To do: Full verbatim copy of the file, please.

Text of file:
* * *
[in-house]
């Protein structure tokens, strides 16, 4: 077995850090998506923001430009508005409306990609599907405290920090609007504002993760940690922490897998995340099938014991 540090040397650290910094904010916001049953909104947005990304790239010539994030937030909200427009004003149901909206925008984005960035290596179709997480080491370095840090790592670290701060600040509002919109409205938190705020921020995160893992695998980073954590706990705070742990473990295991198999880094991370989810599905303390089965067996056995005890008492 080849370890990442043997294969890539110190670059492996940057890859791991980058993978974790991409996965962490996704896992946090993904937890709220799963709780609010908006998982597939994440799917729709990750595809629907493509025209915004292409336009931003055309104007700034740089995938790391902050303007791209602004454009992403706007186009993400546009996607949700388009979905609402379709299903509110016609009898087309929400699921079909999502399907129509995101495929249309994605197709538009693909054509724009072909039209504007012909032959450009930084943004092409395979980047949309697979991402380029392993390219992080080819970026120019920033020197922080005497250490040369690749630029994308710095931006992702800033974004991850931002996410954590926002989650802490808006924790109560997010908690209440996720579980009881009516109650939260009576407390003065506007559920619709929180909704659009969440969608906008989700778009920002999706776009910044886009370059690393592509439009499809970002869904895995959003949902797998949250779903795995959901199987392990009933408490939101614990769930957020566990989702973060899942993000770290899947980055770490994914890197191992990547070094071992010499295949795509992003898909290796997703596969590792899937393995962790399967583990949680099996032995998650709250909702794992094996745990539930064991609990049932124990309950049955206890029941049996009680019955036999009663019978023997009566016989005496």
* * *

[in-house]
């Protein structure tokens, strides 16, 4: 077995850090998506923001430009508005409306990609599907405290920090609007504002993760940690922490897998995340099938014991 540090040397650290910094904010916001049953909104947005990304790239010539994030937030909200427009004003149901909206925008984005960035290596179709997480080491370095840090790592670290701060600040509002919109409205938190705020921020995160893992695998980073954590706990705070742990473990295991198999880094991370989810599905303390089965067996056995005890008492 080849370890990442043997294969890539110190670059492996940057890859791991980058993978974790991409996965962490996704896992946090993904937890709220799963709780609010908006998982597939994440799917729709990750595809629907493509025209915004292409336009931003055309104007700034740089995938790391902050303007791209602004454009992403706007186009993400546009996607949700388009979905609402379709299903509110016609009898087309929400699921079909999502399907129509995101495929249309994605197709538009693909054509724009072909039209504007012909032959450009930084943004092409395979980047949309697979991402380029392993390219992080080819970026120019920033020197922080005497250490040369690749630029994308710095931006992702800033974004991850931002996410954590926002989650802490808006924790109560997010908690209440996720579980009881009516109650939260009576407390003065506007559920619709929180909704659009969440969608906008989700778009920002999706776009910044886009370059690393592509439009499809970002869904895995959003949902797998949250779903795995959901199987392990009933408490939101614990769930957020566990989702973060899942993000770290899947980055770490994914890197191992990547070094071992010499295949795509992003898909290796997703596969590792899937393995962790399967583990949680099996032995998650709250909702794992094996745990539930064991609990049932124990309950049955206890029941049996009680019955036999009663019978023997009566016989005496």